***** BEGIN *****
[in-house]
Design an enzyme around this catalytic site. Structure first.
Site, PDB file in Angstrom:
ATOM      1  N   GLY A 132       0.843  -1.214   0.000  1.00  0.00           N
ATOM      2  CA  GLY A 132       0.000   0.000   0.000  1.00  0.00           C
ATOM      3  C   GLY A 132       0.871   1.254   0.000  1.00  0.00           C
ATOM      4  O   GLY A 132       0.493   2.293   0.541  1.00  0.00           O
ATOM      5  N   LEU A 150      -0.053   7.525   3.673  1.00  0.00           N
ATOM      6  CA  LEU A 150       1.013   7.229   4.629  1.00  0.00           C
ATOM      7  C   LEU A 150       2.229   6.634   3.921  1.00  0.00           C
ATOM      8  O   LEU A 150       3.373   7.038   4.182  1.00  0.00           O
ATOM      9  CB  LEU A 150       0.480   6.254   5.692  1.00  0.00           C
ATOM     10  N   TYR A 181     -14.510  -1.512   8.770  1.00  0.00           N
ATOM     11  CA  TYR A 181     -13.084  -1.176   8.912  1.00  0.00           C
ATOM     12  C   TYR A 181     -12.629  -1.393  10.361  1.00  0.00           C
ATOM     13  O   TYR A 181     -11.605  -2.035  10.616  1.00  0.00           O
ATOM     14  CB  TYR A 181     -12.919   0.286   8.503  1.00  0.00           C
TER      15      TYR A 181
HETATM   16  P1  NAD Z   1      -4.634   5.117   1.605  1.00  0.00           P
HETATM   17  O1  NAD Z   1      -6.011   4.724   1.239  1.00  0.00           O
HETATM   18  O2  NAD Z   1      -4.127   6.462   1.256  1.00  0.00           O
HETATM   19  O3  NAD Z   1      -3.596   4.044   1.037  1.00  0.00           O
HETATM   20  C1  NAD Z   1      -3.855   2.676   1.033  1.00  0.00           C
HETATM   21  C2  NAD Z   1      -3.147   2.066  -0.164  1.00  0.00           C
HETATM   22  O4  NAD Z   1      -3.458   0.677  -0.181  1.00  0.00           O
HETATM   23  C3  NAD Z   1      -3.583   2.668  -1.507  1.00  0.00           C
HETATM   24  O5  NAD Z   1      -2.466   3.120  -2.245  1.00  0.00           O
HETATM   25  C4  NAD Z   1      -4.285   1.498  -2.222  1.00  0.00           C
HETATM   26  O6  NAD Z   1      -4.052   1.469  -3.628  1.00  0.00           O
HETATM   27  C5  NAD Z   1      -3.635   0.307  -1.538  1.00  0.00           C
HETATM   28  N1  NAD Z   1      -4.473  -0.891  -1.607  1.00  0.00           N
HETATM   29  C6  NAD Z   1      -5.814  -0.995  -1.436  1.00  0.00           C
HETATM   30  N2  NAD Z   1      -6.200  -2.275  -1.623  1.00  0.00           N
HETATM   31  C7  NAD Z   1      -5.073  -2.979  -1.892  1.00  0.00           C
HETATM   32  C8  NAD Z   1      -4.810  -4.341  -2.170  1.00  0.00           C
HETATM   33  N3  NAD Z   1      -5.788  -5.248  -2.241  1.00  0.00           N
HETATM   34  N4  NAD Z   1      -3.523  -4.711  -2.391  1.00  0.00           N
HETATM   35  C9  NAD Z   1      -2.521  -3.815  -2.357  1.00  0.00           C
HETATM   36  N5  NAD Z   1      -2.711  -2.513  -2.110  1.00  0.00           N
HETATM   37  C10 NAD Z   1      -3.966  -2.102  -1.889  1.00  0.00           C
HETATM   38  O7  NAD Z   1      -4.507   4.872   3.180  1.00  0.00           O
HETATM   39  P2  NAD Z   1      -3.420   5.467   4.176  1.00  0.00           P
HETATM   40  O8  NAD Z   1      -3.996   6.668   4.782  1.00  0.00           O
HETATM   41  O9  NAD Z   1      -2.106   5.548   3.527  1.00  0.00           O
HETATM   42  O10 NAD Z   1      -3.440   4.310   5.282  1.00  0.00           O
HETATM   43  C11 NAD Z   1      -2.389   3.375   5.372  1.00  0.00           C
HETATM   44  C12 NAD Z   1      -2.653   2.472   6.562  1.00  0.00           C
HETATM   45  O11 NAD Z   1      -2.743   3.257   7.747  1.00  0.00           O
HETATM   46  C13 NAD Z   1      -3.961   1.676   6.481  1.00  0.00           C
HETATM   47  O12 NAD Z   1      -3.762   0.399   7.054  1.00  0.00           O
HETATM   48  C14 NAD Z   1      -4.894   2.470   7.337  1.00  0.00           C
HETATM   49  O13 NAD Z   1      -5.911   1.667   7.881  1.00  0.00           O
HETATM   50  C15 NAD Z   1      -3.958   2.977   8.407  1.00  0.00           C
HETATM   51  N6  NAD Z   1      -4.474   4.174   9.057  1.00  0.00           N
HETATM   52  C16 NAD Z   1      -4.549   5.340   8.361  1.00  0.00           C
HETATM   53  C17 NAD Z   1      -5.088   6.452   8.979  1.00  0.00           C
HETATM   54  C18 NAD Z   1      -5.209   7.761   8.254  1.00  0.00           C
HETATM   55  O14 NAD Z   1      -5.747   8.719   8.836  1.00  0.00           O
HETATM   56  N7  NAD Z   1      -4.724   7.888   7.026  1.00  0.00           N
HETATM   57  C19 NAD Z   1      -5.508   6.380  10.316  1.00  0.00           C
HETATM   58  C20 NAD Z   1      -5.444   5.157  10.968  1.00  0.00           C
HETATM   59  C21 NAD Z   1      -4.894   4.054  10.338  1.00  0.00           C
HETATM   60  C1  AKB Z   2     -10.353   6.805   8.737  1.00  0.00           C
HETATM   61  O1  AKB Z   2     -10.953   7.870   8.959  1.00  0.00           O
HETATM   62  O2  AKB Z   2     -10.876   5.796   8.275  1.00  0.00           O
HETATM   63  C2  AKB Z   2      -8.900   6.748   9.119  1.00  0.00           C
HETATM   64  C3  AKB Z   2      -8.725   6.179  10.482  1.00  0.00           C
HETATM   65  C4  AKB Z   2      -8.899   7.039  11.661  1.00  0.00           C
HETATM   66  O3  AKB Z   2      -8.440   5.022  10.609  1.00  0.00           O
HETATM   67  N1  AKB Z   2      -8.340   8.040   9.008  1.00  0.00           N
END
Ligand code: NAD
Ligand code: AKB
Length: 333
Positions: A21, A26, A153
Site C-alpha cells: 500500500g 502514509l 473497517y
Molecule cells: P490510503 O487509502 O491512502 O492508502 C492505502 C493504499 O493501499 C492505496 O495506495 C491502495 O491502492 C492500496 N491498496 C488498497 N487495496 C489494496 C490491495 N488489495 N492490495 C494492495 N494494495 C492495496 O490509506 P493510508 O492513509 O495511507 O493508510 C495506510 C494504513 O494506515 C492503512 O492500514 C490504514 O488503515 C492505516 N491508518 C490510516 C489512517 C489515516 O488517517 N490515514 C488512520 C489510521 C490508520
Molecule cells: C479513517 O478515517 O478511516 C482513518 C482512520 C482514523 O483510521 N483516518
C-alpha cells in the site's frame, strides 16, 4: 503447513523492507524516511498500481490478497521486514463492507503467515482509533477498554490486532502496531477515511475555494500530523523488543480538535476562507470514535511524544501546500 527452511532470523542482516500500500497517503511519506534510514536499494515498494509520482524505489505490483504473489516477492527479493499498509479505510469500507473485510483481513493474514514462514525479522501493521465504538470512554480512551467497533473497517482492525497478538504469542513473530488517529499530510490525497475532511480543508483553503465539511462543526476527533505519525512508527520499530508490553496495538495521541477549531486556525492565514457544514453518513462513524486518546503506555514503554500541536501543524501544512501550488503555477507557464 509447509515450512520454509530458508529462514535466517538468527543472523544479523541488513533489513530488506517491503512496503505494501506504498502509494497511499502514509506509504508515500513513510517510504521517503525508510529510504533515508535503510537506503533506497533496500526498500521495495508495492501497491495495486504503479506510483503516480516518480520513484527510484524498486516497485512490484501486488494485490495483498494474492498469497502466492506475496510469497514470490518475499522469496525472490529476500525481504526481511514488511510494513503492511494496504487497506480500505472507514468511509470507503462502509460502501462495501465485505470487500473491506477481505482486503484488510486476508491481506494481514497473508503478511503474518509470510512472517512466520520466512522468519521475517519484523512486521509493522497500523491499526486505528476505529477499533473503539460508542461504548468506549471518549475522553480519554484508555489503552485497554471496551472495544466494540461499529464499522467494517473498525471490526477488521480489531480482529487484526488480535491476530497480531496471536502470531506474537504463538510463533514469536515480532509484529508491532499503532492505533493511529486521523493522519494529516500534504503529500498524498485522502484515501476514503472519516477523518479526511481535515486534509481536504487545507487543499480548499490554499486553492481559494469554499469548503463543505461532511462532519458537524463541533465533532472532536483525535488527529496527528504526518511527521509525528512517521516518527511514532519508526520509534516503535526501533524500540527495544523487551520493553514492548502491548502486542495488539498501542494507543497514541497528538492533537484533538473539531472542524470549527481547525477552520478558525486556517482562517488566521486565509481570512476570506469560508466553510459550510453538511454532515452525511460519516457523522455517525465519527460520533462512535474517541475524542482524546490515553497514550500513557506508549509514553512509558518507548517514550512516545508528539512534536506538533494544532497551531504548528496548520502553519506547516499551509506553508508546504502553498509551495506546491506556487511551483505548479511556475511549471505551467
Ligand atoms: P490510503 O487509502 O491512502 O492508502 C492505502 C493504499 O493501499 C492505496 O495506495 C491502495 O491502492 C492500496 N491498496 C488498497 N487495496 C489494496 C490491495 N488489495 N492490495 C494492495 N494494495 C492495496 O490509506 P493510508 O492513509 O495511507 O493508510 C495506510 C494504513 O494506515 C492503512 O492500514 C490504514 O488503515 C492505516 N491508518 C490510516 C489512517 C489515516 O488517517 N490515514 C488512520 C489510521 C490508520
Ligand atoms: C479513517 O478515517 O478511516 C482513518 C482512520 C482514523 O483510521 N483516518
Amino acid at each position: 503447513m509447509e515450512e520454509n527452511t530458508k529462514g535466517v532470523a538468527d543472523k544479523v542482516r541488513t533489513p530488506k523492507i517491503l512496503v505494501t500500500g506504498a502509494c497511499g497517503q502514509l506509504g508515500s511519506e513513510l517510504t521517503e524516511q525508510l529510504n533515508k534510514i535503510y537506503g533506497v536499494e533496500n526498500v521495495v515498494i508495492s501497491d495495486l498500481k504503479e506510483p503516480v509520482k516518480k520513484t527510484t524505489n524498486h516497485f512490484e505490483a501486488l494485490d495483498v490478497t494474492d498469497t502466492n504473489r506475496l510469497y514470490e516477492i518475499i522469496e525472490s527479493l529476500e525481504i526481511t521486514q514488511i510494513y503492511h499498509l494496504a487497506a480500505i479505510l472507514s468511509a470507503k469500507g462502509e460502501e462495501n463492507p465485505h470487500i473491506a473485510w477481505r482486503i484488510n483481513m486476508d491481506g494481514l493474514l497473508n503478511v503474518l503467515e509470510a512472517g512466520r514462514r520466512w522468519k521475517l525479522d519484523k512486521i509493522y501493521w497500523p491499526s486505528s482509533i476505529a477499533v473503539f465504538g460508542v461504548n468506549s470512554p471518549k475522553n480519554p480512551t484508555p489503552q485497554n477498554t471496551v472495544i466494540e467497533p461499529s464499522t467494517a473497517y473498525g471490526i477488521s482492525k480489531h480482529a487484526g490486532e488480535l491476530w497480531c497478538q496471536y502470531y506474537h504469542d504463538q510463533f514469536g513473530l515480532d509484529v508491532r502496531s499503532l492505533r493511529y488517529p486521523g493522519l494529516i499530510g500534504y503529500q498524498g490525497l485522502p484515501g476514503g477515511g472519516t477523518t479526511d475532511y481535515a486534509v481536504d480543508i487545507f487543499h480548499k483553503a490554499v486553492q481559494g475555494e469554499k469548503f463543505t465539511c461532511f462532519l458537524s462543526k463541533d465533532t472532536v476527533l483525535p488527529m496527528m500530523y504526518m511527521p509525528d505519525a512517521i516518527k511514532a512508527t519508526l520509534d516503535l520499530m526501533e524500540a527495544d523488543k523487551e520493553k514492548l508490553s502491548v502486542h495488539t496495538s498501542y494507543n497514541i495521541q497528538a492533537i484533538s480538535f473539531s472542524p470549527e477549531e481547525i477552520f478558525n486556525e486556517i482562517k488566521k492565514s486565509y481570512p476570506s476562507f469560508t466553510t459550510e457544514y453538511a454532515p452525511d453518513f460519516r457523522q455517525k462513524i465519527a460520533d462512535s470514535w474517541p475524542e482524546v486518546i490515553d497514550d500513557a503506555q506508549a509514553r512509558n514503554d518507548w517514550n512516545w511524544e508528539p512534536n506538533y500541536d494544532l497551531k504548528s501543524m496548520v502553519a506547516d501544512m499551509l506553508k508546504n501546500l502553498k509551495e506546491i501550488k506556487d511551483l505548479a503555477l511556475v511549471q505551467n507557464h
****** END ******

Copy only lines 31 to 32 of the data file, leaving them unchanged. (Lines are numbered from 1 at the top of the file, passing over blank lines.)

HETATM   28  N1  NAD Z   1      -4.473  -0.891  -1.607  1.00  0.00           N
HETATM   29  C6  NAD Z   1      -5.814  -0.995  -1.436  1.00  0.00           C